Dracula's castle in Transylvania is up for sale!

Published May 15, 2014, 11:35 pm IST
Updated Apr 1, 2019, 7:57 am IST
However, the biggest problem with the property is the lack of lavatories and bathrooms

London: Fresh blood needed! Count Dracula's Transylvanian castle in Romania is up for sale but those seeking a tryst with folklore may have to shell out a hefty sum.

The Bran Castle or the Dracula's castle as it is popularly known is on the market, not in the conventional fashion, but in a discreet manner with offers invited from the "right people", The Telegraph reported.

"If someone comes in with a reasonable offer, we will look at who they are, what they are proposing, and will seriously entertain the idea," Mark Meyer, of Herzfeld and Rubin, the New York law firm that is handling the sale, was quoted as saying.

It's been reported that current owner of the castle Archduke Dominic offered it to the Romanian government for USD 80 million, but Meyer did not quote a figure, the paper said.

Bran Castle is currently used as a tourist museum displaying a collection of art and antique furniture from its previous owner Queen Marie of Romania, however the current owners, Archduke Dominic von Habsburg and his sisters Archduchess Maria Magdalena and Archduchess Elisabeth, would consider an offer if the right person comes along.

Indeed, the bloodsucking vampire Count Dracula was a purely fictional character, invented by the Irish writer Bram Stoker and made famous in films starring sharp-fanged Christopher Lee. But the fearsome real-life Vlad "The Impaler" Tepes famously operated in this area in the 15th century.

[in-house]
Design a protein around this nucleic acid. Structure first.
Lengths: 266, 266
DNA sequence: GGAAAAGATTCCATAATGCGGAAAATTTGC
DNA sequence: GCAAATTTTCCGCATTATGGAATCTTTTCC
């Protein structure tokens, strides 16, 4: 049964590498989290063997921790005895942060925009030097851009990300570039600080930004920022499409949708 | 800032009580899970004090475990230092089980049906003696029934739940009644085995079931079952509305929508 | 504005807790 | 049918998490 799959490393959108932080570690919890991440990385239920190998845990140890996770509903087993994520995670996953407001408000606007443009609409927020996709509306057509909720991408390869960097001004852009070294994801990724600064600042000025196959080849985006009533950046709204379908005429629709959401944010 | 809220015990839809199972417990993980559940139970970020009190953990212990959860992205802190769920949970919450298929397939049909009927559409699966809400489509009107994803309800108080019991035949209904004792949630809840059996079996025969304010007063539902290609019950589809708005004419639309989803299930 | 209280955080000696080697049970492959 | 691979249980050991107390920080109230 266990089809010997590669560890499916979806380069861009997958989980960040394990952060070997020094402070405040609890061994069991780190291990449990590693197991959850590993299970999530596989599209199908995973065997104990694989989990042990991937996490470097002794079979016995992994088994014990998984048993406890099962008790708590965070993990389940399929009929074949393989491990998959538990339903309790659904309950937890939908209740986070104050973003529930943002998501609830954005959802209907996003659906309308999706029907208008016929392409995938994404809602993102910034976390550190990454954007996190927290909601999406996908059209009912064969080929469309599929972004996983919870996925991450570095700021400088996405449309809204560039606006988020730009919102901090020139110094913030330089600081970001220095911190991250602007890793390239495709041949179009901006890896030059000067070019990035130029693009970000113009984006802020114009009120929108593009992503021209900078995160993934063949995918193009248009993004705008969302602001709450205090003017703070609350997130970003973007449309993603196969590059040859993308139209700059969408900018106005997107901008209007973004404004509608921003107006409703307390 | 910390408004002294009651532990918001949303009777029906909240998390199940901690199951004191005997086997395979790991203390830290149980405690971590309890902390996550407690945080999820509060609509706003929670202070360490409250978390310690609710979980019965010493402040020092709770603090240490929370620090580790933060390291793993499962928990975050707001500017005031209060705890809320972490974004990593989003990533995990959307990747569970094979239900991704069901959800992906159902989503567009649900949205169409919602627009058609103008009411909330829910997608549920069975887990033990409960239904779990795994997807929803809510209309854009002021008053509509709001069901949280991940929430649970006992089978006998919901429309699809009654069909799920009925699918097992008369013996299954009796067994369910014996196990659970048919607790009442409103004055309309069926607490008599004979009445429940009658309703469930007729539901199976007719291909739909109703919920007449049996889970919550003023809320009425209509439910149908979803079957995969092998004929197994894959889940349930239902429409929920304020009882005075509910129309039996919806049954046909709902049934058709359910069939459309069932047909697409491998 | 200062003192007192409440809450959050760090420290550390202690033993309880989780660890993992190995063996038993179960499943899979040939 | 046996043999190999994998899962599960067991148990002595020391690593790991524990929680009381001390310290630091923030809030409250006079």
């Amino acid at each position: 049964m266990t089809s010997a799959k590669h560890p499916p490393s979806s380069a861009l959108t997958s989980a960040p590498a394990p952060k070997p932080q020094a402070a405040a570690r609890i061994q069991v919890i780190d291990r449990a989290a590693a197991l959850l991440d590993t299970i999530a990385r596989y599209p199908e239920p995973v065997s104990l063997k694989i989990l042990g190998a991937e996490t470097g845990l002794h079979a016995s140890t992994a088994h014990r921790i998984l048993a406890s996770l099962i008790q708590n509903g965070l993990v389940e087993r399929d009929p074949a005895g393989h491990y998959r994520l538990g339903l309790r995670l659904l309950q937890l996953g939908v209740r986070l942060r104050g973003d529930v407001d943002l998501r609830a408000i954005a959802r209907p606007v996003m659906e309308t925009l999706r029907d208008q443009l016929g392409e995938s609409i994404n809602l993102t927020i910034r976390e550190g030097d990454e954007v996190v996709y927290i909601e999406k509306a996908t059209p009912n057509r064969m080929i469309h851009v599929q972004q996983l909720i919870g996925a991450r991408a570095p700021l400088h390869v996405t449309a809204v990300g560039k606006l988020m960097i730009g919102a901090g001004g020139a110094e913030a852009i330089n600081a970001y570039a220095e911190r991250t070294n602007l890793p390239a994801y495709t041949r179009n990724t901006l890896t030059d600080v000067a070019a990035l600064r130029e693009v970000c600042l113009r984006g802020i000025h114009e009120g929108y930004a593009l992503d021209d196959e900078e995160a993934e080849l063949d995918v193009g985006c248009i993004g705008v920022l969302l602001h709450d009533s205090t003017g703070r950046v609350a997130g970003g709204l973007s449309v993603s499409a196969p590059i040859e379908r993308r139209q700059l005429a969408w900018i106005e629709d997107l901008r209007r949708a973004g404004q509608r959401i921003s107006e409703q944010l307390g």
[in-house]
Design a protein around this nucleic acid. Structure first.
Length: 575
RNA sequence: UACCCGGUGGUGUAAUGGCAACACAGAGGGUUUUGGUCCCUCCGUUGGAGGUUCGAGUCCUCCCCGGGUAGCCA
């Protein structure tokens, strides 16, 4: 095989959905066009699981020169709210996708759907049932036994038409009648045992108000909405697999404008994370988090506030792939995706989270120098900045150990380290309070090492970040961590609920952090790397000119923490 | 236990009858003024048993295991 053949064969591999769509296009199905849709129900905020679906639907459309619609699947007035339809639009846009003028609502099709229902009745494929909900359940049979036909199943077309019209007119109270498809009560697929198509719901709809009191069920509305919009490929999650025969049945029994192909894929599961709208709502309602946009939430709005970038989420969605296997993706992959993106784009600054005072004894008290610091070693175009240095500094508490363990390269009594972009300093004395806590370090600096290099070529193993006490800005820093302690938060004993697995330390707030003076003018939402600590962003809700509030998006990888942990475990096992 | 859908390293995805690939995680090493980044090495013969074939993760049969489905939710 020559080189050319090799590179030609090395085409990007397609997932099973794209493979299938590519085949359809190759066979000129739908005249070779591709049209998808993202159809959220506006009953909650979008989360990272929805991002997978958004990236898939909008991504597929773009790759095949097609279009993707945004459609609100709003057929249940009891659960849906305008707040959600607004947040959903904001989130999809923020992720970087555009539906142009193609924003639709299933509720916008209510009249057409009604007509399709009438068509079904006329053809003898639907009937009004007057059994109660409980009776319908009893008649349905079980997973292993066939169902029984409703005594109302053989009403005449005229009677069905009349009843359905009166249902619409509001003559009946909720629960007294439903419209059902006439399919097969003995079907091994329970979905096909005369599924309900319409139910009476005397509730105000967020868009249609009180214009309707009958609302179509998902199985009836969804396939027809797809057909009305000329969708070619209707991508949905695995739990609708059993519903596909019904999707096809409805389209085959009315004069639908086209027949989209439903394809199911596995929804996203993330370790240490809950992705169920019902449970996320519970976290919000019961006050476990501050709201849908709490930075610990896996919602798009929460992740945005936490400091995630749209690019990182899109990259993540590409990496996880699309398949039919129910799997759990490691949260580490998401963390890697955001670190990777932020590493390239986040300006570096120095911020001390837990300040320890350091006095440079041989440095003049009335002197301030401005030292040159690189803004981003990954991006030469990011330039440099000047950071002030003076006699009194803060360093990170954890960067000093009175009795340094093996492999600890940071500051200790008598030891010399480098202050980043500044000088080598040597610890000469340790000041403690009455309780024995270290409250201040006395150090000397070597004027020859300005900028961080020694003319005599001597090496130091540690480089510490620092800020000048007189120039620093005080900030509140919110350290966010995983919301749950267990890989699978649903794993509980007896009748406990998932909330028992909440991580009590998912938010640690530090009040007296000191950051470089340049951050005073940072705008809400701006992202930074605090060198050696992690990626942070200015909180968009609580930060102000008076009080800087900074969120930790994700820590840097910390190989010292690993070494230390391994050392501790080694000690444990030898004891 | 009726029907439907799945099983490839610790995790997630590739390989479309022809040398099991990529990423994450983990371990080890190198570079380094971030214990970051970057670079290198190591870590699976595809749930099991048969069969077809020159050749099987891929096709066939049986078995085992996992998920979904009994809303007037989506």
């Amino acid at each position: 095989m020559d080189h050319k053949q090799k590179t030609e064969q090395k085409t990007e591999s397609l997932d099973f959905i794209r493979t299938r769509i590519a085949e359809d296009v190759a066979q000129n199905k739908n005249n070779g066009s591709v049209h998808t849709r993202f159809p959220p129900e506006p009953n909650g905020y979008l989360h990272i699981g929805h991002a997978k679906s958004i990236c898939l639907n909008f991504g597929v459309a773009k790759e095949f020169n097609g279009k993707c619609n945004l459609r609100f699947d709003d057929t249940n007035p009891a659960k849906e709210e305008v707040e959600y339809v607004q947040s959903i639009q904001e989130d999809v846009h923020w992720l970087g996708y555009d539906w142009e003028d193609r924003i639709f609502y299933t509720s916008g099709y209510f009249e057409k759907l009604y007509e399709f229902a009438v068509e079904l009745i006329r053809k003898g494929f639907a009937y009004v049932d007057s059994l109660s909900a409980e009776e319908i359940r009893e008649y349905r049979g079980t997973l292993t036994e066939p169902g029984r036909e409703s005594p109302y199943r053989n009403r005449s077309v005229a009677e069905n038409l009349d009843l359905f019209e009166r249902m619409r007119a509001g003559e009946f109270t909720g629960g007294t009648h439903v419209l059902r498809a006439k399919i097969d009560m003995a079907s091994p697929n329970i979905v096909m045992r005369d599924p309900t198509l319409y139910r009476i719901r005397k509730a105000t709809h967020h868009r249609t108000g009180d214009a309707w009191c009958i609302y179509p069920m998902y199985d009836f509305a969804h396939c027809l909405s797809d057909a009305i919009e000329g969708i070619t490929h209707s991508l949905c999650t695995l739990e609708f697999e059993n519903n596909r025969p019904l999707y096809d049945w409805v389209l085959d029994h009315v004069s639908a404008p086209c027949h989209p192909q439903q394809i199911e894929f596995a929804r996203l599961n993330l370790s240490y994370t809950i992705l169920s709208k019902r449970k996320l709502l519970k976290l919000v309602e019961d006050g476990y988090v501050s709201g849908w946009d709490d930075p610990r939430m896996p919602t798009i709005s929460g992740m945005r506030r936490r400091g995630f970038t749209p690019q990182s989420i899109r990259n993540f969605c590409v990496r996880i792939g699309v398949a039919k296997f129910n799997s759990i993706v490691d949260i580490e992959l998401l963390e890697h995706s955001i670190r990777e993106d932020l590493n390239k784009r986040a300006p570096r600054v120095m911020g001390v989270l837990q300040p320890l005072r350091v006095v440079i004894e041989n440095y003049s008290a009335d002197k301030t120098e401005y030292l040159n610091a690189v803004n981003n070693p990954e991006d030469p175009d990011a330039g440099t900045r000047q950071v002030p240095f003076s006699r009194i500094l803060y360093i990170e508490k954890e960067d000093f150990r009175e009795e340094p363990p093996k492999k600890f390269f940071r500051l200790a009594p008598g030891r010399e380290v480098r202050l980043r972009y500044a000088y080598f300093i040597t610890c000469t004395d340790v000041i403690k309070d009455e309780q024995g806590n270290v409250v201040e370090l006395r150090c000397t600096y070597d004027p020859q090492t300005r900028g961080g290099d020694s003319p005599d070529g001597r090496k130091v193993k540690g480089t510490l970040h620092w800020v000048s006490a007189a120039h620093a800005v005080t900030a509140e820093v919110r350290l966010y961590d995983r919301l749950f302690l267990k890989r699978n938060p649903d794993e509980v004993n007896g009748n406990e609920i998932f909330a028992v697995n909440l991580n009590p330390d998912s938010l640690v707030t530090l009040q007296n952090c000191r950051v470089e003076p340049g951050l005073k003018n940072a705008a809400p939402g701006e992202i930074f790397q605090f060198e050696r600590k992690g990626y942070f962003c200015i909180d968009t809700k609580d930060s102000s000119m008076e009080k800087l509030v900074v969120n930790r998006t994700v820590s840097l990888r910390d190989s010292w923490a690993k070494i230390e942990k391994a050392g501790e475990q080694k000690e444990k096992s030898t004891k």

He is said to have been imprisoned in Bran Castle for a couple of months.

Also, Transylvanian legend and folklore are full of characters called 'strigoi' which are ghostly beings that leave their corporeal bodies when darkness falls and roam the surrounding valleys searching for sleeping villagers to terrify.

The property comes with a long list of previous owners such as the Saxons to Hungarians to Teutonic knights.

Each year 560,000 people pay 4 pounds to visit the fortress.

The biggest problem with the property is the lack of lavatories and bathrooms.

"We'd like whoever buys the castle to continue running it as a tourist destination. This isn't just a national monument, it's the largest and most significant attraction in Romania," Meyer said.